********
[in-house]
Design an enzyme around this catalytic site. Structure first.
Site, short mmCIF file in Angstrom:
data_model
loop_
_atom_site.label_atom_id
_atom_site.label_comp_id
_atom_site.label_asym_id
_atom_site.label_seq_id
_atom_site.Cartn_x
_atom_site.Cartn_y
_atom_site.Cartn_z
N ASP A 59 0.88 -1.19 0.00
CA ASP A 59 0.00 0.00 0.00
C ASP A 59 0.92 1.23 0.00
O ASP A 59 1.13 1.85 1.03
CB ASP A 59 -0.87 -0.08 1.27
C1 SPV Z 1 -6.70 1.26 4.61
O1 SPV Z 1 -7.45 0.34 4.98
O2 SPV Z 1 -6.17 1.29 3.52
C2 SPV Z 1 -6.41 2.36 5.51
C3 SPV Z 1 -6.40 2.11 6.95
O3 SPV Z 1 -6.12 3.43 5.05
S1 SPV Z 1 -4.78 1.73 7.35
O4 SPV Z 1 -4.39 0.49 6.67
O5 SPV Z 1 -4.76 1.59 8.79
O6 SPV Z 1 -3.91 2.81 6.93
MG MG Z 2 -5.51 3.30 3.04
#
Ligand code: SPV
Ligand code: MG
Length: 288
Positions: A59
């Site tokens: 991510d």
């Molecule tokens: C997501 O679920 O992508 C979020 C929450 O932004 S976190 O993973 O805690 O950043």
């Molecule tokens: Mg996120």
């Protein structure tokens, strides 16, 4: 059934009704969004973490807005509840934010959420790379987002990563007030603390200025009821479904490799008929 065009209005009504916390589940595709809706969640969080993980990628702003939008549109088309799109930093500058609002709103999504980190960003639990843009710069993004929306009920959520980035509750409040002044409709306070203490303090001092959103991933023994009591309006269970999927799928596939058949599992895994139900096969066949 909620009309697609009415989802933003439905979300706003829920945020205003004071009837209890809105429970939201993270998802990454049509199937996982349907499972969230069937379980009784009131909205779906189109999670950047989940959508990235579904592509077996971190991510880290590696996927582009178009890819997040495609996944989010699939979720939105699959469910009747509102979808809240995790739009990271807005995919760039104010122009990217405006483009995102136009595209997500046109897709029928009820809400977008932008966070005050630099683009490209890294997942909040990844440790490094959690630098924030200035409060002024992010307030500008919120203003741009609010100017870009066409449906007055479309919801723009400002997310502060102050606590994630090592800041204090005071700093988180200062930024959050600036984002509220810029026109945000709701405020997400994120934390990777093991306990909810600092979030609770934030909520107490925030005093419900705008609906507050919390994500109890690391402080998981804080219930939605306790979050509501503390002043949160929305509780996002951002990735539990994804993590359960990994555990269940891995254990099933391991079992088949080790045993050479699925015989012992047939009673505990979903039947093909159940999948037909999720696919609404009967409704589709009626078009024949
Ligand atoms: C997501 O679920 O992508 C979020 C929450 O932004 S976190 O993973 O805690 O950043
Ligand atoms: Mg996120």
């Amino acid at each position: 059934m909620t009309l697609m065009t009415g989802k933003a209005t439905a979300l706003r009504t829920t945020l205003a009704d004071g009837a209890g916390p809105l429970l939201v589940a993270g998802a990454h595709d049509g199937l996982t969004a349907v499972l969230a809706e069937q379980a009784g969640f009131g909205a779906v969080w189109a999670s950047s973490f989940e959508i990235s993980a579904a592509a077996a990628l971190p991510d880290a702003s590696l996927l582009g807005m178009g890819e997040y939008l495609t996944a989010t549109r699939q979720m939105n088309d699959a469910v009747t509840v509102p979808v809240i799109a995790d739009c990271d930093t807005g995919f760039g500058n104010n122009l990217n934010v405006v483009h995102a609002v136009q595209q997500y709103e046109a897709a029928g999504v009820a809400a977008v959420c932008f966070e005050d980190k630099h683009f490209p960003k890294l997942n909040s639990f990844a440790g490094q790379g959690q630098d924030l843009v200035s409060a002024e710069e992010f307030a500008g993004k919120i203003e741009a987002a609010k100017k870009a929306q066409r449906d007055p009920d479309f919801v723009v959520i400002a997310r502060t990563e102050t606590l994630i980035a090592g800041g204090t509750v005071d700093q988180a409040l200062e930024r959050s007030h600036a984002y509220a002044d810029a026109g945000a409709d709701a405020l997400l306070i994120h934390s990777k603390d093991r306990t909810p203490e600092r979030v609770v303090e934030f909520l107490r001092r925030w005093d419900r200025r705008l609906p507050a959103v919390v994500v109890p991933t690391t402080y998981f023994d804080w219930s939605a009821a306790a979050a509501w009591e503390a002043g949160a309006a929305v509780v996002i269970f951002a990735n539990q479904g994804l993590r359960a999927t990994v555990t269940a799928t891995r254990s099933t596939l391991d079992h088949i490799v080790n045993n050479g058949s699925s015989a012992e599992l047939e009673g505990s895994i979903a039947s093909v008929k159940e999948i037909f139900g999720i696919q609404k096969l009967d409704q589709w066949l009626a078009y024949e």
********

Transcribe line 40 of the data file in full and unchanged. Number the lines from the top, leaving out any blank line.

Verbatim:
């Amino acid at each position: 059934m909620t009309l697609m065009t009415g989802k933003a209005t439905a979300l706003r009504t829920t945020l205003a009704d004071g009837a209890g916390p809105l429970l939201v589940a993270g998802a990454h595709d049509g199937l996982t969004a349907v499972l969230a809706e069937q379980a009784g969640f009131g909205a779906v969080w189109a999670s950047s973490f989940e959508i990235s993980a579904a592509a077996a990628l971190p991510d880290a702003s590696l996927l582009g807005m178009g890819e997040y939008l495609t996944a989010t549109r699939q979720m939105n088309d699959a469910v009747t509840v509102p979808v809240i799109a995790d739009c990271d930093t807005g995919f760039g500058n104010n122009l990217n934010v405006v483009h995102a609002v136009q595209q997500y709103e046109a897709a029928g999504v009820a809400a977008v959420c932008f966070e005050d980190k630099h683009f490209p960003k890294l997942n909040s639990f990844a440790g490094q790379g959690q630098d924030l843009v200035s409060a002024e710069e992010f307030a500008g993004k919120i203003e741009a987002a609010k100017k870009a929306q066409r449906d007055p009920d479309f919801v723009v959520i400002a997310r502060t990563e102050t606590l994630i980035a090592g800041g204090t509750v005071d700093q988180a409040l200062e930024r959050s007030h600036a984002y509220a002044d810029a026109g945000a409709d709701a405020l997400l306070i994120h934390s990777k603390d093991r306990t909810p203490e600092r979030v609770v303090e934030f909520l107490r001092r925030w005093d419900r200025r705008l609906p507050a959103v919390v994500v109890p991933t690391t402080y998981f023994d804080w219930s939605a009821a306790a979050a509501w009591e503390a002043g949160a309006a929305v509780v996002i269970f951002a990735n539990q479904g994804l993590r359960a999927t990994v555990t269940a799928t891995r254990s099933t596939l391991d079992h088949i490799v080790n045993n050479g058949s699925s015989a012992e599992l047939e009673g505990s895994i979903a039947s093909v008929k159940e999948i037909f139900g999720i696919q609404k096969l009967d409704q589709w066949l009626a078009y024949e």